2014 saw slight decline in casualties of security forces in J&K
2014 was perceived to be "challenging" for the security grid in Jammu and Kashmir in view of the US announcement of troop pull-out from Afghanistan and two elections in the state but the number of casualties suffered by the security forces decreased slightly.
Srinagar: 2014 was perceived to be "challenging" for the security grid in Jammu and Kashmir in view of the US announcement of troop pull-out from Afghanistan and two elections in the state but the number of casualties suffered by the security forces decreased slightly.
While number of militants killed in the counter-insurgency operations rose by 10 per cent to 110, number of security personnel killed dropped from 61 last year to 51 this year.
The year began on a violent note when Assistant Sub-Inspector of Police Kafeel Ahmad was killed and three policemen were injured in an encounter on January 7 between security forces and militants in Sopore township of north Kashmir's Baramulla district.
A Lashkar-e-Taiba (LeT) militant was also killed in an encounter in Beighpora area of Awantipora town in Pulwama district of south Kashmir, the same day.
Six days later, on January 13, a 'divisional commander' of Jaish-e-Mujhahideen was among three foreign militants killed in an encounter in Dooru village in the foothills of Cherhar forests in Sopore.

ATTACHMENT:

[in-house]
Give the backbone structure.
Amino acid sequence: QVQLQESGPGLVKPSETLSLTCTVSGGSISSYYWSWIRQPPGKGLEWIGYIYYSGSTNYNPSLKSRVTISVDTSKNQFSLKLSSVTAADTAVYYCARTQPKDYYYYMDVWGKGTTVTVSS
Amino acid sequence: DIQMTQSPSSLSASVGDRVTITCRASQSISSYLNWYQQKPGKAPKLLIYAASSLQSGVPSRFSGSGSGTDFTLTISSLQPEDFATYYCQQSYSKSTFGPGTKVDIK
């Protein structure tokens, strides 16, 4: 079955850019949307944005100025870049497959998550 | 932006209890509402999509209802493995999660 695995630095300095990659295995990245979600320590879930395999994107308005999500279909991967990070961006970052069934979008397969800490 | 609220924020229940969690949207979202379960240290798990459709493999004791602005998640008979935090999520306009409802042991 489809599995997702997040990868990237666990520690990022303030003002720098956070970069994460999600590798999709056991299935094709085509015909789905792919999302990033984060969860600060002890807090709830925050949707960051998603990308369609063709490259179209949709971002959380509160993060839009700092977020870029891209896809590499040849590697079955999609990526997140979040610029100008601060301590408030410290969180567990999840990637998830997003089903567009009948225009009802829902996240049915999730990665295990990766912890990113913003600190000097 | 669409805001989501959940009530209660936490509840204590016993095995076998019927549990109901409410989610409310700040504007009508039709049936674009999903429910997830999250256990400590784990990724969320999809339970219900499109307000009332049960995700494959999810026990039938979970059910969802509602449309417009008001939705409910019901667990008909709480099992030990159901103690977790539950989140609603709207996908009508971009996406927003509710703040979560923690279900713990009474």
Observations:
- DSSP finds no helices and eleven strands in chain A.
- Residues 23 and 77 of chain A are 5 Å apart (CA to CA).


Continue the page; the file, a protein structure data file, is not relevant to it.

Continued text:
By the end of the first month, seven militants were killed in encounters at different places in the state.
The number went slightly up in the next month, when 11 militants, including seven LeT militants in Lolab forests of Kupwara district. While no security personnel were killed in militancy-related violence, February saw the killing of a youth in Sopore town.
The year also saw militants employing the same strategy as in 2013 - maximum effect with minimum impact on general public. Militants would often carry out surprise attacks by targeting security personnel from point-blank range and before fleeing, decamped with their service weapons.
The army described the strategy as the fall-out of the robust counter-infiltration grid on the Line of Control (LoC).
"The robust counter-infiltration grid that is in place at the LoC has made it almost impermeable for the terrorists to carry weaponry. That is why they were resorting to hit and run attacks on the security forces and then decamped with their weapons," Corps Commander of the Srinagar-based Chinar Corps, Lt Gen Subrata Saha said.